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In the mountainous region of Carpatho-Rus, known also as Carpatho-Ruthenia, situated between present day Slovakia and Ukraine, there is a group of Eastern Christians. Evangelized in the ninth century by those equals-to-the-apostles, Saints Cyril and Methodius, this group received the Holy Gospel and Sacred Mysteries (Sacraments) from the Byzantine Church of Constantinople. Although Cyril and his brother, Methodius, were Greek (from Thessalonika), they promoted the use of the ancient Slavonic language in worship.

This language, later known as Old Church Slavonic, would become the liturgical language of the Carpatho-Rusyns and all Slavonic Christians, both Orthodox and Catholic. In time, Cyril and Methodius brought their liturgical books to Rome to receive the blessings of Pope Hadrian, and he in turn blessed their mission of establishing the Greek (Byzantine) Catholic religion in the Carpathian mountains of Central Europe.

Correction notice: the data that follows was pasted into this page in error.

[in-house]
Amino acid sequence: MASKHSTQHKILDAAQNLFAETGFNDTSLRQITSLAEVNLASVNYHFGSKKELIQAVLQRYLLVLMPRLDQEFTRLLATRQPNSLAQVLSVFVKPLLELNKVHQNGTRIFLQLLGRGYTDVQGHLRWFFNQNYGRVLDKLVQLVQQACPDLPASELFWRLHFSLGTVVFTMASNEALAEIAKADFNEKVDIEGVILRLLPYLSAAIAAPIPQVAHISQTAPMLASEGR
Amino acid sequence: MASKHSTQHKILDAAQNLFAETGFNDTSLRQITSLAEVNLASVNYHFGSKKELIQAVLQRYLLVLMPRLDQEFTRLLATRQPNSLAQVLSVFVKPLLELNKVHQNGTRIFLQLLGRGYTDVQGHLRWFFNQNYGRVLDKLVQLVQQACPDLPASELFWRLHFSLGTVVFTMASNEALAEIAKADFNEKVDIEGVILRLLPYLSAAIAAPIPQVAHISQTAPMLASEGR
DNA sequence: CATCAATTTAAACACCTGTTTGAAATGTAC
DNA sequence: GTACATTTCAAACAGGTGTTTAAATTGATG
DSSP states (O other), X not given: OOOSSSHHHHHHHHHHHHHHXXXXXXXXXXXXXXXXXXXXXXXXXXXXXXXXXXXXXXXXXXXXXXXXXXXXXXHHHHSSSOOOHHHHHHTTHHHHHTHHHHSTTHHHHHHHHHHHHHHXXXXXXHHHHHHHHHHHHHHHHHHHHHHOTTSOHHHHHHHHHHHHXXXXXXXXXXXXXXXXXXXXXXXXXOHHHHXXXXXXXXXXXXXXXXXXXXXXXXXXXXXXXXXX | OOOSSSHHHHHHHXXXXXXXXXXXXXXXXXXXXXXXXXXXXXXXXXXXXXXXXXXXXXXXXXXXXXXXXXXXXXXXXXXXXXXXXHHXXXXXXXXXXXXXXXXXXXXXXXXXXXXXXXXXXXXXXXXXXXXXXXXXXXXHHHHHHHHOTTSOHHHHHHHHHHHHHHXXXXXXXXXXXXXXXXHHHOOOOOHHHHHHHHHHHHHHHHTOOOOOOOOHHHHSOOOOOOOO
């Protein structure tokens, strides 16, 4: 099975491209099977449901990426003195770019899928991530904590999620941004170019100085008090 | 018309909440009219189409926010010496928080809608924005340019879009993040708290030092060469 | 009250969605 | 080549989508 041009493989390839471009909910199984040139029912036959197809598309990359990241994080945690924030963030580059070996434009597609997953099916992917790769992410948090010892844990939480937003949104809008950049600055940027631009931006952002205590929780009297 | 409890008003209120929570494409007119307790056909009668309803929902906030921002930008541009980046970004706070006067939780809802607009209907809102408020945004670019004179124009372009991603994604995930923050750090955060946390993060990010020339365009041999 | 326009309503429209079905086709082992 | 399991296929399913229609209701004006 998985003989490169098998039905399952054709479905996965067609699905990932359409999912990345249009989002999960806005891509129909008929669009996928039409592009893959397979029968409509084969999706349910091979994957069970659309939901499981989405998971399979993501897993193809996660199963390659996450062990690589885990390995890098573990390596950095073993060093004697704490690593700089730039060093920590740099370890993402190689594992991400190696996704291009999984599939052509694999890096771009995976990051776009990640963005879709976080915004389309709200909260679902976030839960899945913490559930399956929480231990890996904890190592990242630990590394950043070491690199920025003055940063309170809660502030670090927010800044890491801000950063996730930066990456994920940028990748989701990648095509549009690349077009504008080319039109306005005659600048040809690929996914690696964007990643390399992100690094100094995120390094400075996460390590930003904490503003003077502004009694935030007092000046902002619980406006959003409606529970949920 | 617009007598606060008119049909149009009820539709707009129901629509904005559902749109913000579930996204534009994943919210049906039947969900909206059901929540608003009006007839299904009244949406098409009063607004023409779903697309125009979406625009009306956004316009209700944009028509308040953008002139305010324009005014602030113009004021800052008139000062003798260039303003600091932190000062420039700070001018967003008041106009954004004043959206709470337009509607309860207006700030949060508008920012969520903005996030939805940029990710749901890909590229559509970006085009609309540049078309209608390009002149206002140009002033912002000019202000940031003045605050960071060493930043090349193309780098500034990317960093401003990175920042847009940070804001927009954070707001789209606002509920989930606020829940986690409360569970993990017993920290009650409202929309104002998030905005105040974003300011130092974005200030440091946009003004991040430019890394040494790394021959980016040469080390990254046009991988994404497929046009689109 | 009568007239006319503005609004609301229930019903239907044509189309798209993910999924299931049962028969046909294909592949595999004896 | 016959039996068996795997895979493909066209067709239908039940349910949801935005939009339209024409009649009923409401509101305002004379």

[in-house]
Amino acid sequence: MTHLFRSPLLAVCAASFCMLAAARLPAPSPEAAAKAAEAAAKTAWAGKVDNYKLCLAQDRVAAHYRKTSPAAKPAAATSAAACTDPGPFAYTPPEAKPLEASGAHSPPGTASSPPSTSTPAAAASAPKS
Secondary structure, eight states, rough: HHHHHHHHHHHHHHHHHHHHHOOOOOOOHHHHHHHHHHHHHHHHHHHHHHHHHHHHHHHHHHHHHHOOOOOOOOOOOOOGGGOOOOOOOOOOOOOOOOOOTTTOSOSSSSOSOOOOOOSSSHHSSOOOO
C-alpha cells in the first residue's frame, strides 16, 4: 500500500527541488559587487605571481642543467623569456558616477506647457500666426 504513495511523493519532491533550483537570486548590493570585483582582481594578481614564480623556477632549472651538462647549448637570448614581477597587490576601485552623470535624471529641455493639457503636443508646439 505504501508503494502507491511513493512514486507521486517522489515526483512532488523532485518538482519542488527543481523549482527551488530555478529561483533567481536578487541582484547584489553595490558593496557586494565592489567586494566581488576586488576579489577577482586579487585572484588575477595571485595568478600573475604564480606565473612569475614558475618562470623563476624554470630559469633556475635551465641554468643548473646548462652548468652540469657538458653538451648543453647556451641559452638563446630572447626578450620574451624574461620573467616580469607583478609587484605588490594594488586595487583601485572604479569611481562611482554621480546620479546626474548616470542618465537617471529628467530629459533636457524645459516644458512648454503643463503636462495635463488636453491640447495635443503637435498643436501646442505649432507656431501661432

Over time, a rift grew between East and West; and, in 1054, estrangement was realized with the Great Schism of Constantinople and Rome. Being an Eastern Church, the Carpatho-Rusyns were eventually drawn into by this unfortunate break and became members of the Orthodox Church.

Our Byzantine History

Updated 2018